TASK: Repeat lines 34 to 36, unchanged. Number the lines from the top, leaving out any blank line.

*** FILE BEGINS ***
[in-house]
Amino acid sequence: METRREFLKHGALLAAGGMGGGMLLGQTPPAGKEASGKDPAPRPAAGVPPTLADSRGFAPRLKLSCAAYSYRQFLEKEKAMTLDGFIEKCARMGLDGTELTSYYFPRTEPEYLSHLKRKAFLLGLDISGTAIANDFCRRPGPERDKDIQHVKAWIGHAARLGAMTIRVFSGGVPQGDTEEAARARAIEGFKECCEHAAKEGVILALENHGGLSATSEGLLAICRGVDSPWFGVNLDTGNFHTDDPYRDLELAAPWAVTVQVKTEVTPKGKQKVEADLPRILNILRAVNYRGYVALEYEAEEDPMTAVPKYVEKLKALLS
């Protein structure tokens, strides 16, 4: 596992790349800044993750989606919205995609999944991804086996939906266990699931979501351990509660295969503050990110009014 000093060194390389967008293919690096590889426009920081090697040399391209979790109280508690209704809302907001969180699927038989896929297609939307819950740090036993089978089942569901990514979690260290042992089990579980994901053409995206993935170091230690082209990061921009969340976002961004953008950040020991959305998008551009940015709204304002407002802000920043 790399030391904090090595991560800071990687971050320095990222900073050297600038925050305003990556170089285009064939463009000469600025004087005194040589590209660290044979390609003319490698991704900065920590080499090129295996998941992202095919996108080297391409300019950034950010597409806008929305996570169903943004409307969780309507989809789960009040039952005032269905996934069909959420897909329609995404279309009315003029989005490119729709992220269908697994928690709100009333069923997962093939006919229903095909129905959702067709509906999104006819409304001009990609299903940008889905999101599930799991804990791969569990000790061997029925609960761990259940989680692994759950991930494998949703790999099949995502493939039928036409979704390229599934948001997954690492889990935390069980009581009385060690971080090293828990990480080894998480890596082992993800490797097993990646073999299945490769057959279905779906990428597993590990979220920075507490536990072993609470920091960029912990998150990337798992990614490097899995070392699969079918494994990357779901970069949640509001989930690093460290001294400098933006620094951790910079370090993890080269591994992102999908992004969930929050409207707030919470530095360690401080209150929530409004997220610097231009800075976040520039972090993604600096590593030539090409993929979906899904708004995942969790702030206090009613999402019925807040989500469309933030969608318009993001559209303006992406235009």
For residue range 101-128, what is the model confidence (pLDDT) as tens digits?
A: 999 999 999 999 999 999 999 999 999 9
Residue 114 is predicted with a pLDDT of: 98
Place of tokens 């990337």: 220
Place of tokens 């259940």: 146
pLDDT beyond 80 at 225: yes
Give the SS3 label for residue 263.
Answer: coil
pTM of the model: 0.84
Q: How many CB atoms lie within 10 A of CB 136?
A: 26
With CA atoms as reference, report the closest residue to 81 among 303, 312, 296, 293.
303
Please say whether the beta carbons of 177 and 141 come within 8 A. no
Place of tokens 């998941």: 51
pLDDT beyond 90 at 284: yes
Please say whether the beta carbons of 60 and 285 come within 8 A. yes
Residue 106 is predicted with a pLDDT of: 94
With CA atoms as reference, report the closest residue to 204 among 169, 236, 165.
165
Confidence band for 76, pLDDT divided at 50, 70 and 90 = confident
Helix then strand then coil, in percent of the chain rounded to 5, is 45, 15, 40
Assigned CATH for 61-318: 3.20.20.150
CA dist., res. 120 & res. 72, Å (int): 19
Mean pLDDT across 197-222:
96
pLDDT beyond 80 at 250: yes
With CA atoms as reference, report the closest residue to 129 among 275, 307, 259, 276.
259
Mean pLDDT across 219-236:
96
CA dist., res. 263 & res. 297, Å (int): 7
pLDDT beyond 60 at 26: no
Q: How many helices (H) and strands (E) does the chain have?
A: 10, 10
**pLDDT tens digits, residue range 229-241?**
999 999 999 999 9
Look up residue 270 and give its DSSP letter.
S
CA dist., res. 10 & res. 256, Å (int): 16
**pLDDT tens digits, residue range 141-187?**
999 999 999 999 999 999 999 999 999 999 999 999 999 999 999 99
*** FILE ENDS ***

96
CA dist., res. 263 & res. 297, Å (int): 7
pLDDT beyond 60 at 26: no